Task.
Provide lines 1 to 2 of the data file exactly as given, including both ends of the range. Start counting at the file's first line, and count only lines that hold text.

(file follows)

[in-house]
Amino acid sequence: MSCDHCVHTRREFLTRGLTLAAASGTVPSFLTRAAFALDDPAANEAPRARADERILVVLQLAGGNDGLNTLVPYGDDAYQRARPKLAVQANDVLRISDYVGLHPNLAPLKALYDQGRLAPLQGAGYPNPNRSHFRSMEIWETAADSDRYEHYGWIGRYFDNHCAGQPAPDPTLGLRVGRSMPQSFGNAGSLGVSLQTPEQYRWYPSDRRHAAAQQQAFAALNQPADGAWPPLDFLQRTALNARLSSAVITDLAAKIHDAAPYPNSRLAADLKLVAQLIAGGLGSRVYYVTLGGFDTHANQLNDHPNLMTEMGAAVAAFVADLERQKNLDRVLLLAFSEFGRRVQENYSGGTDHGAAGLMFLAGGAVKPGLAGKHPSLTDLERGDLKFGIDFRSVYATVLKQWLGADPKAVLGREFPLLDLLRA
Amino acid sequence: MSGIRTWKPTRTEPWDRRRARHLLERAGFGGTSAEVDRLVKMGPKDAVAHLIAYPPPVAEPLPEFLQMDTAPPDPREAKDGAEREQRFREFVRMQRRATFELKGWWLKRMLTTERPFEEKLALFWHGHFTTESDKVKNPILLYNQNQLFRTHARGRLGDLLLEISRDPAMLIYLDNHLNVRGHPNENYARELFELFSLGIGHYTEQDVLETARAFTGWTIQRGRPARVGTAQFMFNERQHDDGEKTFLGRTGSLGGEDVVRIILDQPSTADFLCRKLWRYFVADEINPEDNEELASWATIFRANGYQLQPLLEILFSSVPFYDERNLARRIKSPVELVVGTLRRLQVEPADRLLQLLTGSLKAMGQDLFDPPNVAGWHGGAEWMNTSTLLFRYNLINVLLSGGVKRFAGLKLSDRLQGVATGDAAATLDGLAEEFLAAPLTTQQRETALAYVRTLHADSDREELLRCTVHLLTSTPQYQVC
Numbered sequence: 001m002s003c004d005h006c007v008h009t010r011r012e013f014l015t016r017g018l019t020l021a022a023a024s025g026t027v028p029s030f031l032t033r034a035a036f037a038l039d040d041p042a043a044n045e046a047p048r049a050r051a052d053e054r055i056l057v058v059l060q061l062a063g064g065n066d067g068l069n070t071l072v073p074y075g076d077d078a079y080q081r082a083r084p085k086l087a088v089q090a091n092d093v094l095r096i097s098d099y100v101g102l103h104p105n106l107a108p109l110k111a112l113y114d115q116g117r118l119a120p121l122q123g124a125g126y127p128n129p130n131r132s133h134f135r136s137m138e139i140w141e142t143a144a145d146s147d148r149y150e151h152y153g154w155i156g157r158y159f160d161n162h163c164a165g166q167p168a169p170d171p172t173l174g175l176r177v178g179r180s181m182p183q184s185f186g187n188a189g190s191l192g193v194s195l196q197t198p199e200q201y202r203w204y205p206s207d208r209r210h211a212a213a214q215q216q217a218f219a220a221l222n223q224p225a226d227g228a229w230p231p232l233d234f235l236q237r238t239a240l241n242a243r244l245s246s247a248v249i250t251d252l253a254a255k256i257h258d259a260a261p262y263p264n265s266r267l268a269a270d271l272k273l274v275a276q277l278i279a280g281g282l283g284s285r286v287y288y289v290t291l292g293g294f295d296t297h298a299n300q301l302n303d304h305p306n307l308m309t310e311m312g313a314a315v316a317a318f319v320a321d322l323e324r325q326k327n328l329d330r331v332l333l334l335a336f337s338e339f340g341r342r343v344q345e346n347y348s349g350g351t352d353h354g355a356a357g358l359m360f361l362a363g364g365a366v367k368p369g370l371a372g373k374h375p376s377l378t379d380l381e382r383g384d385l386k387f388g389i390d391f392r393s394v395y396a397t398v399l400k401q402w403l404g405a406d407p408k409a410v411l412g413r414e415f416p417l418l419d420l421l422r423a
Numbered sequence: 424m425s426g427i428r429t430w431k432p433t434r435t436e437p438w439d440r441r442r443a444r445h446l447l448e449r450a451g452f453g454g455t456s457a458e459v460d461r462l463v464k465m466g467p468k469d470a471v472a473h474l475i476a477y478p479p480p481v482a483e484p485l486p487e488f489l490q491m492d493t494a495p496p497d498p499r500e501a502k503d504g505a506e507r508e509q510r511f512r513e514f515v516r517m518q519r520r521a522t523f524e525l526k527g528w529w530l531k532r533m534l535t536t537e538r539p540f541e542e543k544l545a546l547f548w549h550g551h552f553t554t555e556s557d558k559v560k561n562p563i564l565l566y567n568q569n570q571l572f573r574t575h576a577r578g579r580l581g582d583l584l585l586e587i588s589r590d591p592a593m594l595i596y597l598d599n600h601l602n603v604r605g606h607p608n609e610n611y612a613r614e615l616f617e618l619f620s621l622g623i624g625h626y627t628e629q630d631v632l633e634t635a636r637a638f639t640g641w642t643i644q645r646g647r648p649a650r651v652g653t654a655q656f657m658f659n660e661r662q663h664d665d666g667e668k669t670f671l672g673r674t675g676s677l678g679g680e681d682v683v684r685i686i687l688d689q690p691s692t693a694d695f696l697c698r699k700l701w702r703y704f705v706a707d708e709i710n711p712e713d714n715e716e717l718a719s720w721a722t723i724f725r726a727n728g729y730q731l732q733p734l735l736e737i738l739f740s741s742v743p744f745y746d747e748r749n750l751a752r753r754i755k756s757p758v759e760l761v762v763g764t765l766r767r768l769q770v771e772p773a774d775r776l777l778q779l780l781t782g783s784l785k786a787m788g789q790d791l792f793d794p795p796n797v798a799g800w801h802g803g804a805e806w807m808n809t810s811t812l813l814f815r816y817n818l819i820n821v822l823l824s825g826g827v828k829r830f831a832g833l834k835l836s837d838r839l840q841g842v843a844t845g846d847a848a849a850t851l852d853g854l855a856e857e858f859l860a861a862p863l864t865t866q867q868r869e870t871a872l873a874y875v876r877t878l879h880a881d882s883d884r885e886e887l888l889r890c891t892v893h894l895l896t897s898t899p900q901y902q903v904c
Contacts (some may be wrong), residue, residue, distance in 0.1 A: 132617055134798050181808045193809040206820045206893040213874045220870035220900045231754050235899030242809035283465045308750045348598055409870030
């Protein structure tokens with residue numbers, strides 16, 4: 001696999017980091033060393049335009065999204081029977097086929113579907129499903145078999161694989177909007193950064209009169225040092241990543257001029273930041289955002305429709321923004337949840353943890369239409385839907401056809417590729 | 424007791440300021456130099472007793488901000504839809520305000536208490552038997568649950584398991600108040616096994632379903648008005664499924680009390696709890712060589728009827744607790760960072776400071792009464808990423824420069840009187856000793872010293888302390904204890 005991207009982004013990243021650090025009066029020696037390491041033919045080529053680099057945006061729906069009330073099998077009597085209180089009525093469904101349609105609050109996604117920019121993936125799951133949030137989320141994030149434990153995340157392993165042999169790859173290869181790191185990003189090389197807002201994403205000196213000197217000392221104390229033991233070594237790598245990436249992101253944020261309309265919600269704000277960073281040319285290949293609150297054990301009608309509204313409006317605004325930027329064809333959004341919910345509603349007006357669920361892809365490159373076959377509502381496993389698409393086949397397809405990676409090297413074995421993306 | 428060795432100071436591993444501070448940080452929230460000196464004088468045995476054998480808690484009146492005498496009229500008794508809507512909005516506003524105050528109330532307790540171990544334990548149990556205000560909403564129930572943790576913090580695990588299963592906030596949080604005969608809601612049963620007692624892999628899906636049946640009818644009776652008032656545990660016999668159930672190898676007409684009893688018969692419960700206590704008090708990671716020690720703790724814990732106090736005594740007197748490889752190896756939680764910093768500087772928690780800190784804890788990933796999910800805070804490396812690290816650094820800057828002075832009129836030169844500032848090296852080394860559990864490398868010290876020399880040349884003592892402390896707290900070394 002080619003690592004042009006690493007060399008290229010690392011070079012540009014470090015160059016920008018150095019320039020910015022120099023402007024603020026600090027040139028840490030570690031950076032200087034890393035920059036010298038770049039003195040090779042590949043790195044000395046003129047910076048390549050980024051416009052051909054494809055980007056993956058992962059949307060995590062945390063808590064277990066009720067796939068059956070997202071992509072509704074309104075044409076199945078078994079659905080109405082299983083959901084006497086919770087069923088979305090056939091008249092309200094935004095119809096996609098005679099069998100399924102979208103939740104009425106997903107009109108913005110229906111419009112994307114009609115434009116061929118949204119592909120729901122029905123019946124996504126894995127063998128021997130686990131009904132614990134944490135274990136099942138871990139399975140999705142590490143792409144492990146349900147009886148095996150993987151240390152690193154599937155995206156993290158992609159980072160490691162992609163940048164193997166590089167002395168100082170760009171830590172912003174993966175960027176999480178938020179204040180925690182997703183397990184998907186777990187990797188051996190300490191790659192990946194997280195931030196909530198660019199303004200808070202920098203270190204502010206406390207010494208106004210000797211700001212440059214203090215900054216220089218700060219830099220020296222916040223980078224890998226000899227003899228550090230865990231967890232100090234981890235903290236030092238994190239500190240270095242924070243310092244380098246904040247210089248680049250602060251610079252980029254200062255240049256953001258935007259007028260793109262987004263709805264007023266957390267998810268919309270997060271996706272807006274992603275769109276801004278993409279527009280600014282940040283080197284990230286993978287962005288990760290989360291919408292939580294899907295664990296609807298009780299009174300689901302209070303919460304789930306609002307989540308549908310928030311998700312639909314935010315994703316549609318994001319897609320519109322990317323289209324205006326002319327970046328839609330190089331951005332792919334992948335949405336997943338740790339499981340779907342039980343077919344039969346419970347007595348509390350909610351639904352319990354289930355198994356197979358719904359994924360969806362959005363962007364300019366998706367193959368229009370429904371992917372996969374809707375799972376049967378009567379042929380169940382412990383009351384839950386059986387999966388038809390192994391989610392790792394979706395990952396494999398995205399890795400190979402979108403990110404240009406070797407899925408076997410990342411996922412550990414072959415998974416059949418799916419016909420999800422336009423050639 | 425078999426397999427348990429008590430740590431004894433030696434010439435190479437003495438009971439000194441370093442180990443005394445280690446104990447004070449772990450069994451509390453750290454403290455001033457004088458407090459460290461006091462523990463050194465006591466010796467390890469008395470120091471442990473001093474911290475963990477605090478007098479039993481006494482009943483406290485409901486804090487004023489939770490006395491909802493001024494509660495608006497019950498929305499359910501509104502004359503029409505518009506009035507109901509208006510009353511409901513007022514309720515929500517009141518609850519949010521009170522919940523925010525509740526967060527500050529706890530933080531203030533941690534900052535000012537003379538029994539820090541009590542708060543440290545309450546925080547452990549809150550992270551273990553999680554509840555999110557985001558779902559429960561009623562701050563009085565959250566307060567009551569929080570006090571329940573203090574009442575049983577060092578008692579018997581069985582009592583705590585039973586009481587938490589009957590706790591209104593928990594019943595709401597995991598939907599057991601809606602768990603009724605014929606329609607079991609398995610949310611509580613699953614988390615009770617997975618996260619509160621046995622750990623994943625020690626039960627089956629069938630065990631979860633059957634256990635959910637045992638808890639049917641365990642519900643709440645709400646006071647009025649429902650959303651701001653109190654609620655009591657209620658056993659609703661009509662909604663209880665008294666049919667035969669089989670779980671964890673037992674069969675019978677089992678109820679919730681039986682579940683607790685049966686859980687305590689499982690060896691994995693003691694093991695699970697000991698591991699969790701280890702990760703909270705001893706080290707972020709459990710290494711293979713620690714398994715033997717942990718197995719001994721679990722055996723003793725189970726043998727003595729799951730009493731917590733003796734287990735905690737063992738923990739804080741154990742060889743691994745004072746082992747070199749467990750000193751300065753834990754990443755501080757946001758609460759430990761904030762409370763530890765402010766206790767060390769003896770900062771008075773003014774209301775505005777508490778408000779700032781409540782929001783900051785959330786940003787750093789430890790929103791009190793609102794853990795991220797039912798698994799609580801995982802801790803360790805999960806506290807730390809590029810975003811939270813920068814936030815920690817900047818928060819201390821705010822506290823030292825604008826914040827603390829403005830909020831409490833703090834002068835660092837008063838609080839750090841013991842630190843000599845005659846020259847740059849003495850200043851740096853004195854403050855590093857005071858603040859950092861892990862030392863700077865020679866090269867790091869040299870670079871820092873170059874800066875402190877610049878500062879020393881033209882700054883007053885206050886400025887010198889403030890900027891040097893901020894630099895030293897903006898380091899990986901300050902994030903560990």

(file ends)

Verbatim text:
[in-house]
Amino acid sequence: MSCDHCVHTRREFLTRGLTLAAASGTVPSFLTRAAFALDDPAANEAPRARADERILVVLQLAGGNDGLNTLVPYGDDAYQRARPKLAVQANDVLRISDYVGLHPNLAPLKALYDQGRLAPLQGAGYPNPNRSHFRSMEIWETAADSDRYEHYGWIGRYFDNHCAGQPAPDPTLGLRVGRSMPQSFGNAGSLGVSLQTPEQYRWYPSDRRHAAAQQQAFAALNQPADGAWPPLDFLQRTALNARLSSAVITDLAAKIHDAAPYPNSRLAADLKLVAQLIAGGLGSRVYYVTLGGFDTHANQLNDHPNLMTEMGAAVAAFVADLERQKNLDRVLLLAFSEFGRRVQENYSGGTDHGAAGLMFLAGGAVKPGLAGKHPSLTDLERGDLKFGIDFRSVYATVLKQWLGADPKAVLGREFPLLDLLRA